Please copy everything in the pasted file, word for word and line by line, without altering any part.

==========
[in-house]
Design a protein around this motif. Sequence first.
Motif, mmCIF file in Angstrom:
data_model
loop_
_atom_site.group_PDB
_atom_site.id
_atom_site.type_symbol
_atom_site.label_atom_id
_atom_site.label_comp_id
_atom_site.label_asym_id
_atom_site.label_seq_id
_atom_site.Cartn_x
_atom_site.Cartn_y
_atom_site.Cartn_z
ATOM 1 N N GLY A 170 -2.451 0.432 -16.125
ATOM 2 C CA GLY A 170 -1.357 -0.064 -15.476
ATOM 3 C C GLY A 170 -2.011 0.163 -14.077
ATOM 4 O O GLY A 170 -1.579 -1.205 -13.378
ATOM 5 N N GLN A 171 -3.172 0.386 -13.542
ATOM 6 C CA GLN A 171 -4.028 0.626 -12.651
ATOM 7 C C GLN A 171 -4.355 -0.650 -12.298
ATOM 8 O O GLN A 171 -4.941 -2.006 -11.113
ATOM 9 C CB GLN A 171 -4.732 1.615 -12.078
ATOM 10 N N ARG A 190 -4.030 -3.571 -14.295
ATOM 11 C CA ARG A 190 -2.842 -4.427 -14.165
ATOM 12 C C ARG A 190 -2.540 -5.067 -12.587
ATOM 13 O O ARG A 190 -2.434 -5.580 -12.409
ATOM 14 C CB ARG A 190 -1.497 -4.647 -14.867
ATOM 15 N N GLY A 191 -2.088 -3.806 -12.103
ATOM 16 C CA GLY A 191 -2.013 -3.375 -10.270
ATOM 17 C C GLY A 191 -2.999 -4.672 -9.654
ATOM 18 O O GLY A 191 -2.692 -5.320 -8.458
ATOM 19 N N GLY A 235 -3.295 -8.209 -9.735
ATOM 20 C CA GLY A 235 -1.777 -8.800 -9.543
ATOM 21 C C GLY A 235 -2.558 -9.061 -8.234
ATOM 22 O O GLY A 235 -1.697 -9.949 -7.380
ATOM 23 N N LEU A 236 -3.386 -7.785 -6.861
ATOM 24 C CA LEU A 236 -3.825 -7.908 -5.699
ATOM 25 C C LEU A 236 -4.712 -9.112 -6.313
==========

[in-house]
Design a protein around this motif. Sequence first.
Motif, mmCIF file in Angstrom:
data_model
loop_
_atom_site.group_PDB
_atom_site.id
_atom_site.type_symbol
_atom_site.label_atom_id
_atom_site.label_comp_id
_atom_site.label_asym_id
_atom_site.label_seq_id
_atom_site.Cartn_x
_atom_site.Cartn_y
_atom_site.Cartn_z
ATOM 1 N N GLY A 170 -2.451 0.432 -16.125
ATOM 2 C CA GLY A 170 -1.357 -0.064 -15.476
ATOM 3 C C GLY A 170 -2.011 0.163 -14.077
ATOM 4 O O GLY A 170 -1.579 -1.205 -13.378
ATOM 5 N N GLN A 171 -3.172 0.386 -13.542
ATOM 6 C CA GLN A 171 -4.028 0.626 -12.651
ATOM 7 C C GLN A 171 -4.355 -0.650 -12.298
ATOM 8 O O GLN A 171 -4.941 -2.006 -11.113
ATOM 9 C CB GLN A 171 -4.732 1.615 -12.078
ATOM 10 N N ARG A 190 -4.030 -3.571 -14.295
ATOM 11 C CA ARG A 190 -2.842 -4.427 -14.165
ATOM 12 C C ARG A 190 -2.540 -5.067 -12.587
ATOM 13 O O ARG A 190 -2.434 -5.580 -12.409
ATOM 14 C CB ARG A 190 -1.497 -4.647 -14.867
ATOM 15 N N GLY A 191 -2.088 -3.806 -12.103
ATOM 16 C CA GLY A 191 -2.013 -3.375 -10.270
ATOM 17 C C GLY A 191 -2.999 -4.672 -9.654
ATOM 18 O O GLY A 191 -2.692 -5.320 -8.458
ATOM 19 N N GLY A 235 -3.295 -8.209 -9.735
ATOM 20 C CA GLY A 235 -1.777 -8.800 -9.543
ATOM 21 C C GLY A 235 -2.558 -9.061 -8.234
ATOM 22 O O GLY A 235 -1.697 -9.949 -7.380
ATOM 23 N N LEU A 236 -3.386 -7.785 -6.861
ATOM 24 C CA LEU A 236 -3.825 -7.908 -5.699
ATOM 25 C C LEU A 236 -4.712 -9.112 -6.313